FEATURES
By MICHAEL COLLIER | November 11, 1990
The Past, The Future, The Present:Poems Selected and New.Reed Whittemore.University of Arkansas.175 pages. $29.95. In this book, we see how Maryland's poet laureate and former poetry consultant to the Library of Congress takes account of his more than four decades of poetry writing. From Reed Whittemore's nine previous collections of poetry, including two earlier selected poems ("Poems New and Selected," 1963 and "The Feel of Rock: Poems of Three Decades," 1982), he has fashioned a modest though strongly representative volume of 90 poems.
NEWS
By ANDREI CODRESCU | December 10, 1996
WHENEVER I GO to a beautiful place I imagine myself living there. I went to Boone, North Carolina, a mountain-sheltered paradise where rustic craftsmen sell quilts from shops that smell like pine. On the way there, Moravian cookie makers in 16th-century clothes sell you paper-thin ginger wafers. They bake them in the huge ovens that scared the daylights out of Hansel and Gretel.What is it with paradise that inspires instant terror? I asked Lynn Doyle, local poet and observer, after we bought these great cookies.
NEWS
By Josh Getlin and Josh Getlin,Los Angeles Times | January 28, 2007
Novels set in Africa and India, modern-day New Jersey and the stark landscape of a post-apocalyptic world will vie for the best work of fiction published in 2006, in nominations announced last week for the National Book Critics Circle awards. The winner will be named in March; awards will also be given in nonfiction, biography, poetry, memoir and criticism. The National Book Critics Circle, founded in 1974, is a nonprofit made up of nearly 700 book reviewers across the nation. The fiction nominees were Chimamanda Ngozi Adichie for Half of a Yellow Sun (Alfred Knopf)
NEWS
By Ted Kooser and Ted Kooser,Special to the Sun | November 19, 2006
The Illinois poet Lisel Mueller is one of our country's finest writers, and the following lines, with their grace and humility, are representative of her poems of quiet celebration. - Ted Kooser Outside the house the wind is howling and the trees are creaking horribly. This is an old story with its old beginning, as I lay me down to sleep. But when I wake up, sunlight has taken over the room. You have already made the coffee and the radio brings us music from a confident age. In the paper bad news is set in distant places.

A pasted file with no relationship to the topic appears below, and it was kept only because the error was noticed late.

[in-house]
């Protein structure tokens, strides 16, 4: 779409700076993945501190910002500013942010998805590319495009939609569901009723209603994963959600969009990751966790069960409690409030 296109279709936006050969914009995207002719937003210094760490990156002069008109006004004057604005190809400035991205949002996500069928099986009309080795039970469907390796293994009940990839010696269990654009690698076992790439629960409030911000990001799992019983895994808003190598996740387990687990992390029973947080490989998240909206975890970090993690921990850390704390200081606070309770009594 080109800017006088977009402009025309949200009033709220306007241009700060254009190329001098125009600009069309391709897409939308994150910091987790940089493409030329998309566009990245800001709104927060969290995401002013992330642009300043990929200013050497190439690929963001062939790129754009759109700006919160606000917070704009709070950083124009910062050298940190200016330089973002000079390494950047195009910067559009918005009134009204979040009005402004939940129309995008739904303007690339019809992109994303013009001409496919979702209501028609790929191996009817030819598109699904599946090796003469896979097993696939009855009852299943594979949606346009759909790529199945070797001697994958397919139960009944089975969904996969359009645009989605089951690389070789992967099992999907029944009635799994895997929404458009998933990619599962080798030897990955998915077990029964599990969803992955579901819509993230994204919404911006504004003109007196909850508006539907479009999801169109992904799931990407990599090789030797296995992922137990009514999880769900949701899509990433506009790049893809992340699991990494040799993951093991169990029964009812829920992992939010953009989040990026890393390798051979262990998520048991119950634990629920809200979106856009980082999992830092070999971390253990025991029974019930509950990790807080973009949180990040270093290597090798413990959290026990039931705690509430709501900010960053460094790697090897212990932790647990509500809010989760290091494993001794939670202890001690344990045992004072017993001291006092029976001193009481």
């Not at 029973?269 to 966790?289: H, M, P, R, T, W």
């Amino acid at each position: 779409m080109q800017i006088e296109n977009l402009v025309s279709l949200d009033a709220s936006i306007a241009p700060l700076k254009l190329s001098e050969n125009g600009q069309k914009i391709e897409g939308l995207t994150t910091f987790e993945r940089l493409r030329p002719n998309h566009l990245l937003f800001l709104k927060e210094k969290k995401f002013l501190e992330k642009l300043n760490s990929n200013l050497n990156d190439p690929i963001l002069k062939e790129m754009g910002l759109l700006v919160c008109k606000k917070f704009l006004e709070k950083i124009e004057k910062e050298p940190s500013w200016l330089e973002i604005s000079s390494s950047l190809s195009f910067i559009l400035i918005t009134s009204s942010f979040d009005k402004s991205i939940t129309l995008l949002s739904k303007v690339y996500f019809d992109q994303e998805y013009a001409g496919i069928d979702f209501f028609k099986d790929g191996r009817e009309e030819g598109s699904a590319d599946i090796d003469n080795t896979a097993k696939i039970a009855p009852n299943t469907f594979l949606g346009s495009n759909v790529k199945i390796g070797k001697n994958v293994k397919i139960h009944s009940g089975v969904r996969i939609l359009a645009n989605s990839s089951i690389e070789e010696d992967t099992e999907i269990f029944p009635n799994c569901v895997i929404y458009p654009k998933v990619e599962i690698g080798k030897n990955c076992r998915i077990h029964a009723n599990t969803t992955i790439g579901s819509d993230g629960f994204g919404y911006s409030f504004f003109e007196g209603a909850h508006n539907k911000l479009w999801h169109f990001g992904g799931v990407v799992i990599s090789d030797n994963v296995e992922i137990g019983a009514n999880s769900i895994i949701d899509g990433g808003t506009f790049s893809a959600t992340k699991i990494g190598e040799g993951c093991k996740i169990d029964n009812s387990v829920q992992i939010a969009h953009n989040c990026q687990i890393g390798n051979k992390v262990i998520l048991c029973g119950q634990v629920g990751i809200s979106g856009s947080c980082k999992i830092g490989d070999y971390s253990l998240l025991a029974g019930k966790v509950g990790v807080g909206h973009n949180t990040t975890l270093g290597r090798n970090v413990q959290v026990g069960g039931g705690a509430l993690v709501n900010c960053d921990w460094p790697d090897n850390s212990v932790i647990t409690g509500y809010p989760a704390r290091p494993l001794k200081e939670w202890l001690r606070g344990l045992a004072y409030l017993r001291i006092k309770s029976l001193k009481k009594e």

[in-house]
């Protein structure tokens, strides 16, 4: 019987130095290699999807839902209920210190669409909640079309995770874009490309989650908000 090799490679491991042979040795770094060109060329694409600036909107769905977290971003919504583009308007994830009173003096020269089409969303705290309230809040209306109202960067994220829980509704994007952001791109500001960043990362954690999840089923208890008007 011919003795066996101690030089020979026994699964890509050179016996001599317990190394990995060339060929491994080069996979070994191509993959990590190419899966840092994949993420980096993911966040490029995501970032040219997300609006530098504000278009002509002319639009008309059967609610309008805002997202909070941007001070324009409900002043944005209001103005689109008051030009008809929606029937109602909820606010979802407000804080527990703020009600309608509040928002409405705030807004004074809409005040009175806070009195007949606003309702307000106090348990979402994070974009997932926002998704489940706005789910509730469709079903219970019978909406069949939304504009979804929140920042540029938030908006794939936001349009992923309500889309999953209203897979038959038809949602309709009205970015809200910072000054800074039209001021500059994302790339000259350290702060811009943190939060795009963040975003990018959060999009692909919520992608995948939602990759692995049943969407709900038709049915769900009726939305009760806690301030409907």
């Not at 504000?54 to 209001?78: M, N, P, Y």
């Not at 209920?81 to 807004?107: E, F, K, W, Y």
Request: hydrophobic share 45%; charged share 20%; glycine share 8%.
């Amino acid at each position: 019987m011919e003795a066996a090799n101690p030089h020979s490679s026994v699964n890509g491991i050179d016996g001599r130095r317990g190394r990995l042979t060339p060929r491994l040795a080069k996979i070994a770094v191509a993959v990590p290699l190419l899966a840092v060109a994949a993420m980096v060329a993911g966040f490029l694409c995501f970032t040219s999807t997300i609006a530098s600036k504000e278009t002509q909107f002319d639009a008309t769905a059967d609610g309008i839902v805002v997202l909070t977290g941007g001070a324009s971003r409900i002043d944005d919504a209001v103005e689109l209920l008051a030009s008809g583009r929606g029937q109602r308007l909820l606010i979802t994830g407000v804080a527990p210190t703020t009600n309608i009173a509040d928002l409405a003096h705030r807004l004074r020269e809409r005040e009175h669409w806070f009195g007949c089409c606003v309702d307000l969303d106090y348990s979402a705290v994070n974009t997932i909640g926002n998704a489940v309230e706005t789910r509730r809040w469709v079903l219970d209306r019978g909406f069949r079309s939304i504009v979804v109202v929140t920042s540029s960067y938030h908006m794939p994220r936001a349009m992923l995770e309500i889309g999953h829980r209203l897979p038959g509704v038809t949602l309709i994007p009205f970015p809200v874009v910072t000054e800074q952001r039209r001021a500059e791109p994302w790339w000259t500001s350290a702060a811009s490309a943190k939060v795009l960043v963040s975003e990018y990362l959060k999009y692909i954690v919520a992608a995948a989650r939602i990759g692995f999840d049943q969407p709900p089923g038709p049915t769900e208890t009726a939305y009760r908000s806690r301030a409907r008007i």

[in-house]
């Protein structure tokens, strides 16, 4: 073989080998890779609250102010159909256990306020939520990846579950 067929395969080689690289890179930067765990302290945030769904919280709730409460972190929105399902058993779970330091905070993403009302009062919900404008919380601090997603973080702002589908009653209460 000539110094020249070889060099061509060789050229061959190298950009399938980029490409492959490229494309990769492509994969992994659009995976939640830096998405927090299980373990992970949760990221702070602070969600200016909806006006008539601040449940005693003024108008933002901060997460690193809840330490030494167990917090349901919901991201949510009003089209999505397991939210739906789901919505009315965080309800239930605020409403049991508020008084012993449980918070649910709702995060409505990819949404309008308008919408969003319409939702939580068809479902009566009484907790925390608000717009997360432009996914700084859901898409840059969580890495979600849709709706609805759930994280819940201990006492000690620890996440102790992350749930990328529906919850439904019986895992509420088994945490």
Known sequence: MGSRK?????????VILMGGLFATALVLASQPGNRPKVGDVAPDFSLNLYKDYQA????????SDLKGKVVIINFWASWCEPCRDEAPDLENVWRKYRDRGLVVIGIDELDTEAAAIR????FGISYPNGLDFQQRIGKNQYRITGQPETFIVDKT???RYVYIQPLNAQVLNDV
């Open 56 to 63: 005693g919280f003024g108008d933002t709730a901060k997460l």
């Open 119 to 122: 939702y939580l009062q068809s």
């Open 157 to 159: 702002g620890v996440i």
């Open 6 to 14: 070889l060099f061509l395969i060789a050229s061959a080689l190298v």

NEWS
By TED KOOSER | February 26, 2006
The poet, novelist and biographer Robert Morgan, who was raised in North Carolina, has written many intriguing poems that teach his readers about Southern folklore. Here's one example. "Holy Cussing" When the most intense revivals swept the mountains just a century ago, participants described the shouts and barks in unknown tongues, the jerks of those who tried to climb the walls, the holy dance and laugh. But strangest are reports of what was called the holy cuss. Sometimes a man who spoke in tongues and leapt for joy would break into an avalanche of cursing that would stun with brilliance and duration.
FEATURES
November 9, 2005
Tonight at 6:30 p.m., poet Tonya Maria Matthews (also known by her stage name JaHipster) will read from and sign her book Still Swingin': New and Selected Poems. The event takes place at the Enoch Pratt Free Library, 400 Cathedral St. Call 410-396-5494 for more information.
NEWS
By Fritz Lanham and Fritz Lanham,HOUSTON CHRONICLE | November 10, 2001
HOUSTON - "A poem should not mean but be," Archibald MacLeish famously observed, and for a long time the same could be said for America's poet laureate. He or she didn't do much, at least not publicly. Holders of the post, created by Congress in 1937, gave the odd reading or lecture before a high-toned Washington, D.C., audience. They advised the librarian of Congress if he felt he needed advice. That was about it. Howard Nemerov (1963-1964 and 1988-1990) said the poet laureate was a very busy person because he spent most of his time explaining what the poet laureate did. Robert Penn Warren (1986-1987)
FEATURES
September 25, 2001
In the weeks after the terrorist attacks in New York and Washington, images have seared our collective conscience. But so too have words. We asked four Maryland poets to share the verses that have haunted them since Sept. 11, 2001. The poems they chose couldn't be more different. Some have the anguished weight and force of prophecy. Others look to past traumas to provide lessons for the present. And others manage to transform a heartbreakingly painful event into something beautiful, to find solace in a visceral expression of fear.